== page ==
A Guide to Prepare for a System Rewrite

I often talk about the Best Alternative To A Total Rewrite.  The idea that you should know the alternatives to a rewrite before making a decision.

Even when there is no alternative to a rewrite you still need to work through the common problems that cause the project to fail.

These open ended questions are designed to guide your preparations:

How will a rewrite solve your users’ pain?

Where is the current system failing your users?  How will a rewrite fix those problems? You and your fellow developers may hate the current codebase, but that isn’t a compelling argument.

Clients don’t want the Next Generation of your system.

Are there really no incremental improvements?

Now that you know what user pain you are trying to solve, is there really no way to resolve the problem in the current codebase?  

If the system is slow, is there really nothing you can do to make it faster?  Maybe a rewrite would make things so fast that users won’t notice any lag. But if a refactor would reduce frustrating lag by 50% in a month, you should refactor.

Once you’ve focused on your client’s problems, reducing pain today is preferable to fixing the problem 6 months from now.

Do you have to recreate the existing system before adding new features?

After bugs and latency, the number one issue with old codebases is that it’s hard to add new features.  The original code was designed to expand in one way, and now it needs to expand differently. A rewrite will let you design a system to meet those new requirements.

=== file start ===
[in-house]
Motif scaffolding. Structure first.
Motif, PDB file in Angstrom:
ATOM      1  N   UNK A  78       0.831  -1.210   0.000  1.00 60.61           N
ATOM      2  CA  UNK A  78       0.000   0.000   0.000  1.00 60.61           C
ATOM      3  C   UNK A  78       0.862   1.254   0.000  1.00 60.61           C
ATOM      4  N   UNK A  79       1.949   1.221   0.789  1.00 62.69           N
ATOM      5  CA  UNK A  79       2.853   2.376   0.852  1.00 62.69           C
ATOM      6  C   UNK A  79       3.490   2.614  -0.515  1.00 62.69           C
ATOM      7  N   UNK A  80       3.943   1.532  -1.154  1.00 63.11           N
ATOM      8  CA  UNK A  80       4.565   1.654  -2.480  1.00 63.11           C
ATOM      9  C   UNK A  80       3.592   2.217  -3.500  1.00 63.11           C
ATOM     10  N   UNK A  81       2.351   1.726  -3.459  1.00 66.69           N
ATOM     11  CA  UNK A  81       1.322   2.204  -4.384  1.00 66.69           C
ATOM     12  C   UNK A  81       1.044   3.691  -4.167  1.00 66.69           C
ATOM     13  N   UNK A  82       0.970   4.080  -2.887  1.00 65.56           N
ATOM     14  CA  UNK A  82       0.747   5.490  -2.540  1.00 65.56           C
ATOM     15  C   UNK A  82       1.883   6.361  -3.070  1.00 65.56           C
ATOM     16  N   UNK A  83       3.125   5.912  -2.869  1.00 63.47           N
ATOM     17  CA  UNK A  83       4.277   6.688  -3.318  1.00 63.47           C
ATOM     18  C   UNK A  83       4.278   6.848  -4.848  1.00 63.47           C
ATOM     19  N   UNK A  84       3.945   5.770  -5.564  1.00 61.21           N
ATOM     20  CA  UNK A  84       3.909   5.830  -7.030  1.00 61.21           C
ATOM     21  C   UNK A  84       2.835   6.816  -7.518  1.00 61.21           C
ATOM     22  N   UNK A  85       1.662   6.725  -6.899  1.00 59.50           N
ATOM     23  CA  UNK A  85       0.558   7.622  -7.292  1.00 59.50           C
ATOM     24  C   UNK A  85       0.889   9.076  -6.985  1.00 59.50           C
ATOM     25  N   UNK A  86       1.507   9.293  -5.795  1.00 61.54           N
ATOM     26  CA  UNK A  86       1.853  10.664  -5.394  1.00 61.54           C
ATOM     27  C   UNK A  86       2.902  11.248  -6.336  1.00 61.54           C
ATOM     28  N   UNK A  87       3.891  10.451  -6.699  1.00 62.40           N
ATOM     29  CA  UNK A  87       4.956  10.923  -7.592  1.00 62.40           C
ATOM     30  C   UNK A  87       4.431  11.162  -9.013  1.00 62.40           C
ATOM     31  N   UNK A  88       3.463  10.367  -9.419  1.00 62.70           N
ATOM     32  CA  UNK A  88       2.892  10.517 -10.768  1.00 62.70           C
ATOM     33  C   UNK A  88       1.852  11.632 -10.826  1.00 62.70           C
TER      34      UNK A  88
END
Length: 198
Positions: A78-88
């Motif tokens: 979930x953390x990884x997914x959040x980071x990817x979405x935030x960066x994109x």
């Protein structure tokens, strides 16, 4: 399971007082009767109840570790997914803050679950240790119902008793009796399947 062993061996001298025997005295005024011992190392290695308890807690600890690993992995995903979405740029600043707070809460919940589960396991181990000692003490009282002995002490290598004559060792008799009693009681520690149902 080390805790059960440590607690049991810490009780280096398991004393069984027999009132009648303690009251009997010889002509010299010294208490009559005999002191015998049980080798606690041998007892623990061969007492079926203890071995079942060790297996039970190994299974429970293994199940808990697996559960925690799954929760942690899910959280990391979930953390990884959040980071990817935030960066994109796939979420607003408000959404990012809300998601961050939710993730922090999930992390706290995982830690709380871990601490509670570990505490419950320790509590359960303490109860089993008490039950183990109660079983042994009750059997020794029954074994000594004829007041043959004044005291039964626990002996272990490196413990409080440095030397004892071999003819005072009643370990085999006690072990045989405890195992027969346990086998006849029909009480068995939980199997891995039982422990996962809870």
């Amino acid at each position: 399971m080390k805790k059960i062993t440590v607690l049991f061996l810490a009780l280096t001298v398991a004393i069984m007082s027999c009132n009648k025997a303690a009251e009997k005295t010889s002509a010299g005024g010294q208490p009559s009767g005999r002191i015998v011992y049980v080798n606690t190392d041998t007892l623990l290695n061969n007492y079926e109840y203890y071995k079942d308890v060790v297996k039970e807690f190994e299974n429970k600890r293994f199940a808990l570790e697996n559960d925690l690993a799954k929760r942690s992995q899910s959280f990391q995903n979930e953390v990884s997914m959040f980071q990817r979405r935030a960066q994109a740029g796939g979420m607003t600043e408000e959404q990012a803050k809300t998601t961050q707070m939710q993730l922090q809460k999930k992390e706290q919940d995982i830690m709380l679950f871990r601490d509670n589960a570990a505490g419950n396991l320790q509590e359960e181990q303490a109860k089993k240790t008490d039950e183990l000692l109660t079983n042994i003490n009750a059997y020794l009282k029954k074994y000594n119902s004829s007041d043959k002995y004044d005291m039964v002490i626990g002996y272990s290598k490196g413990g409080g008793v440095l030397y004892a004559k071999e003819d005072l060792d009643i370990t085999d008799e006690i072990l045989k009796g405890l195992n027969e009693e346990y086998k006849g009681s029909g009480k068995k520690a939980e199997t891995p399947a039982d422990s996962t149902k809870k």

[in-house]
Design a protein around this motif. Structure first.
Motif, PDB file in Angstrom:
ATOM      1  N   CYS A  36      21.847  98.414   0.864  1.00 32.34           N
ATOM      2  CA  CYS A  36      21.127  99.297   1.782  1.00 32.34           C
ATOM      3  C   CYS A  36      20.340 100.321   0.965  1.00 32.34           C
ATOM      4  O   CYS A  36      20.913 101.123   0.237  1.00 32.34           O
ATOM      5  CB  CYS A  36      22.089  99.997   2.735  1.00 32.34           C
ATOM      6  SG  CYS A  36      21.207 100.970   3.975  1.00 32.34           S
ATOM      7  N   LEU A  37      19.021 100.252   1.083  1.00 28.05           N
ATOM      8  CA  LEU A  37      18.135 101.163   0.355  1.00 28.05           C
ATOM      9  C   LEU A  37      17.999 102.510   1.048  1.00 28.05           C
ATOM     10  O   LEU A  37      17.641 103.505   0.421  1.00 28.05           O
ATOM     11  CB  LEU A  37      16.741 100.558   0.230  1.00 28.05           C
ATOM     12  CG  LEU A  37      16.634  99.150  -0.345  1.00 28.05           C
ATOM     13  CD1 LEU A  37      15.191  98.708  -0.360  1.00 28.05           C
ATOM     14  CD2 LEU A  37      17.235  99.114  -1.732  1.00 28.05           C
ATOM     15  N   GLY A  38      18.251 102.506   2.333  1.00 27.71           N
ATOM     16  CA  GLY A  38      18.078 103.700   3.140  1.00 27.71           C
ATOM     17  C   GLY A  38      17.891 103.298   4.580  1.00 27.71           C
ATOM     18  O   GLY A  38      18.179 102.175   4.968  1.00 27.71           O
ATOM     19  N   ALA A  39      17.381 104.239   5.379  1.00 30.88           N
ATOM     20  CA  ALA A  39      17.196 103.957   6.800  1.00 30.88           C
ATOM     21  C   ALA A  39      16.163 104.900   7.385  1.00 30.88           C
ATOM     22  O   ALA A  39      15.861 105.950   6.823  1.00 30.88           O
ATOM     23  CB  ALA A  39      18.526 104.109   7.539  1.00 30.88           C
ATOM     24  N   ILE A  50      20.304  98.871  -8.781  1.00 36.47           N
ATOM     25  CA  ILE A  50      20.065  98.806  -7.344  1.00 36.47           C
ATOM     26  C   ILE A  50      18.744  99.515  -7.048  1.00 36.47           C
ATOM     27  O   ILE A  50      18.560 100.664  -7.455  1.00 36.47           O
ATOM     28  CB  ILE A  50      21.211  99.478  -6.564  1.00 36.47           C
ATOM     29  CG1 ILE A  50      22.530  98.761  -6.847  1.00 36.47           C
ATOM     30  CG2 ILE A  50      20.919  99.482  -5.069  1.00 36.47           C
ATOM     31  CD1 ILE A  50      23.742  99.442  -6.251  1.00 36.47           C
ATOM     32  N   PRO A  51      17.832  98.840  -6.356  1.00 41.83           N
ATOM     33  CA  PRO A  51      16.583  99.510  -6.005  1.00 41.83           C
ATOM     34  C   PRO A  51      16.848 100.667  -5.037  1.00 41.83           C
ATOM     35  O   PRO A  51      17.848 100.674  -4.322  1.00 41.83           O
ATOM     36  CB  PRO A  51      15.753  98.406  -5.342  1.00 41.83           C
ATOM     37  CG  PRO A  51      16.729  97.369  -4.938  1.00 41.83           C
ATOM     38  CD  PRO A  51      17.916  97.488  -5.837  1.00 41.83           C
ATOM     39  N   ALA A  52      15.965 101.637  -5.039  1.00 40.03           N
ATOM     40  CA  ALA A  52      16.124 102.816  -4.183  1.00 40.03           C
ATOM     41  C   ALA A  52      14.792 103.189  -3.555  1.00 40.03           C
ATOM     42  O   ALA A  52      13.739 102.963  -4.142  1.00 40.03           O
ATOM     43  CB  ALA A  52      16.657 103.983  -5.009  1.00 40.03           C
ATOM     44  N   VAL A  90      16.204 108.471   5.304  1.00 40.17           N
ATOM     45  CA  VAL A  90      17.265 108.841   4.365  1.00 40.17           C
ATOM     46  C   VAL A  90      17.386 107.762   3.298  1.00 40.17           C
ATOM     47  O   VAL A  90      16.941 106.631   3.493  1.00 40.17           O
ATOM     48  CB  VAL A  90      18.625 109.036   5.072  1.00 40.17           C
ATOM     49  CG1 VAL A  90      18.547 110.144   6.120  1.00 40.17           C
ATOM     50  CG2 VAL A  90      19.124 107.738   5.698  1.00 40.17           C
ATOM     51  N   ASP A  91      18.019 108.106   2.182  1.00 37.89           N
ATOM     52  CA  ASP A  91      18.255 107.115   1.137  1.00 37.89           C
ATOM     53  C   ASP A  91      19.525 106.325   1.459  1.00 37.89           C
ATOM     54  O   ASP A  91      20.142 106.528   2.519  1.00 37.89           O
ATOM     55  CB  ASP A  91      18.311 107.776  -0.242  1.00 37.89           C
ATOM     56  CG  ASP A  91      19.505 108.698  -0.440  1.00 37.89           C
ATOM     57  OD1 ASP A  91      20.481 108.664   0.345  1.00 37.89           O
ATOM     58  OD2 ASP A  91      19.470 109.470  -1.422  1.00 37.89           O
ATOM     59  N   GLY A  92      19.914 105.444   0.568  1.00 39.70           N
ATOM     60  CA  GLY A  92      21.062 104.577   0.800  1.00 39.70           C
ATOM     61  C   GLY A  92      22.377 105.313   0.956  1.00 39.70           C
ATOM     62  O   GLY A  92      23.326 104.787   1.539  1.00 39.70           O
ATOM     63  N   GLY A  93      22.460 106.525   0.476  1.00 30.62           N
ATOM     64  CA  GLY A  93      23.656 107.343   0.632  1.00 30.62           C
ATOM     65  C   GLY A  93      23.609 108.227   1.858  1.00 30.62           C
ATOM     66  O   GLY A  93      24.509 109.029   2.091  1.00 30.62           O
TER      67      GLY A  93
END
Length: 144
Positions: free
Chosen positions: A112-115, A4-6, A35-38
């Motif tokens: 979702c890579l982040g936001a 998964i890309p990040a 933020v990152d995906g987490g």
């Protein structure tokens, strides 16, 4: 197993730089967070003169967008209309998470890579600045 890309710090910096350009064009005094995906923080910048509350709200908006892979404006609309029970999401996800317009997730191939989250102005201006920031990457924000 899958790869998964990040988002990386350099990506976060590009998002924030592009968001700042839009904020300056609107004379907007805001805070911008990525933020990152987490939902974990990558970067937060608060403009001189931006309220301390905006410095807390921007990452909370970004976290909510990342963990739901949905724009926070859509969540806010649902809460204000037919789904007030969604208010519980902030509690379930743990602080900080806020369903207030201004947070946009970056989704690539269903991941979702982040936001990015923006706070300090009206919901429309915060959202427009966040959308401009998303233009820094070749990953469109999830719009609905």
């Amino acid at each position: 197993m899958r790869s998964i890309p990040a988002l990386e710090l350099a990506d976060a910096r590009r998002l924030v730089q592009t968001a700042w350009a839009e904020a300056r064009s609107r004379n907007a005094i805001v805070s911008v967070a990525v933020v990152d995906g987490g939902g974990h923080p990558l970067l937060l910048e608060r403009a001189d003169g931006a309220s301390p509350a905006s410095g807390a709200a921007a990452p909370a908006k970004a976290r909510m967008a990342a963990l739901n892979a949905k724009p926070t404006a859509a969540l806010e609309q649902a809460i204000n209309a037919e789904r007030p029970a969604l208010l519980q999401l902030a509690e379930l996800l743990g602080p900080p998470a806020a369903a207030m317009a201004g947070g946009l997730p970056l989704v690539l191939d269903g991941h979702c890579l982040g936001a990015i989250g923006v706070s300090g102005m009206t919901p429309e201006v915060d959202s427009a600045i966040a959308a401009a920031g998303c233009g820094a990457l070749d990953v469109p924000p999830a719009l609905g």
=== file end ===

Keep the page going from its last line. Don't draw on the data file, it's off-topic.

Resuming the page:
What about a new system that is nothing but new features?  Can you find a way to make a new system that is a client of the old system?

A rewrite requires you have to recreate all the features of the existing system before adding the new features that create new business value.

How will you ensure that the new system doesn’t have the same problems as the original system?

The forces that caused the original system to go off the rails are going to work against the rewrite too.  

Management didn’t want to spend time on unit tests?  They still won’t.  

Constantly changing business requirements?  Just wait until the demands aren’t constrained by the existing code.

Inadequate resources, logging, metrics and other tools?  A rewrite won’t make any of that better.

After a brief honeymoon a rewrite will face more pressure than the original system.  You need a plan to keep all of those external forces at bay.

What’s the release plan?

Replacement is not a release plan.  How is the rewrite getting into production?  Can you find a way to run the two systems in parallel?  Can you replace things a piece at a time?

You will have to release the new system eventually. “When it’s done” takes forever.

Conclusion

When you propose a rewrite, you need to be able to answer these questions to your teammates and managers.  Bringing the questions and answers up in your initial pitch will show that you’ve thought things through.

Don’t proceed until you can answer all five questions!  You just might happen to discover an alternative to a total rewrite.  Even if you don’t use it, you can move more confidently once you can speak to the alternatives.

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